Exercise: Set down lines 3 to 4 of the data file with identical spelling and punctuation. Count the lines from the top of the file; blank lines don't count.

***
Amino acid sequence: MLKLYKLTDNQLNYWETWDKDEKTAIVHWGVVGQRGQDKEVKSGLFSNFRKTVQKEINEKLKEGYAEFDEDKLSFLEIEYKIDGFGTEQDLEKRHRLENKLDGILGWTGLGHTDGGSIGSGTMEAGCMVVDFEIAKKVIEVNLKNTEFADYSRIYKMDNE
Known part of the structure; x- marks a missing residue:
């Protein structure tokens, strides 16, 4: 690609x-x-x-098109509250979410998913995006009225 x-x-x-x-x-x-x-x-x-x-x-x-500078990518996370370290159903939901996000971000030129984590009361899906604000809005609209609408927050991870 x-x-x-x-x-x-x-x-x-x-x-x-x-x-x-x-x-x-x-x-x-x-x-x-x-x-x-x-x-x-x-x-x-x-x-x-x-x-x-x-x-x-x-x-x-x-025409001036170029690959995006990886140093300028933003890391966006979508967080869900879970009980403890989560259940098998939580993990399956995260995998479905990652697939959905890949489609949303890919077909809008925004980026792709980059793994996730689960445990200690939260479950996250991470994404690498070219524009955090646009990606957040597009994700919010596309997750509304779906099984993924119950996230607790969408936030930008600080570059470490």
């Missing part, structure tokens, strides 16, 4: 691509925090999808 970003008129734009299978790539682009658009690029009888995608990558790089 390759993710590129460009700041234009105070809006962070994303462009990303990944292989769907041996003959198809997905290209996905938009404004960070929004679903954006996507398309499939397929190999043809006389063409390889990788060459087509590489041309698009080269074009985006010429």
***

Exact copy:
């Protein structure tokens, strides 16, 4: 690609x-x-x-098109509250979410998913995006009225 x-x-x-x-x-x-x-x-x-x-x-x-500078990518996370370290159903939901996000971000030129984590009361899906604000809005609209609408927050991870 x-x-x-x-x-x-x-x-x-x-x-x-x-x-x-x-x-x-x-x-x-x-x-x-x-x-x-x-x-x-x-x-x-x-x-x-x-x-x-x-x-x-x-x-x-x-025409001036170029690959995006990886140093300028933003890391966006979508967080869900879970009980403890989560259940098998939580993990399956995260995998479905990652697939959905890949489609949303890919077909809008925004980026792709980059793994996730689960445990200690939260479950996250991470994404690498070219524009955090646009990606957040597009994700919010596309997750509304779906099984993924119950996230607790969408936030930008600080570059470490």
């Missing part, structure tokens, strides 16, 4: 691509925090999808 970003008129734009299978790539682009658009690029009888995608990558790089 390759993710590129460009700041234009105070809006962070994303462009990303990944292989769907041996003959198809997905290209996905938009404004960070929004679903954006996507398309499939397929190999043809006389063409390889990788060459087509590489041309698009080269074009985006010429």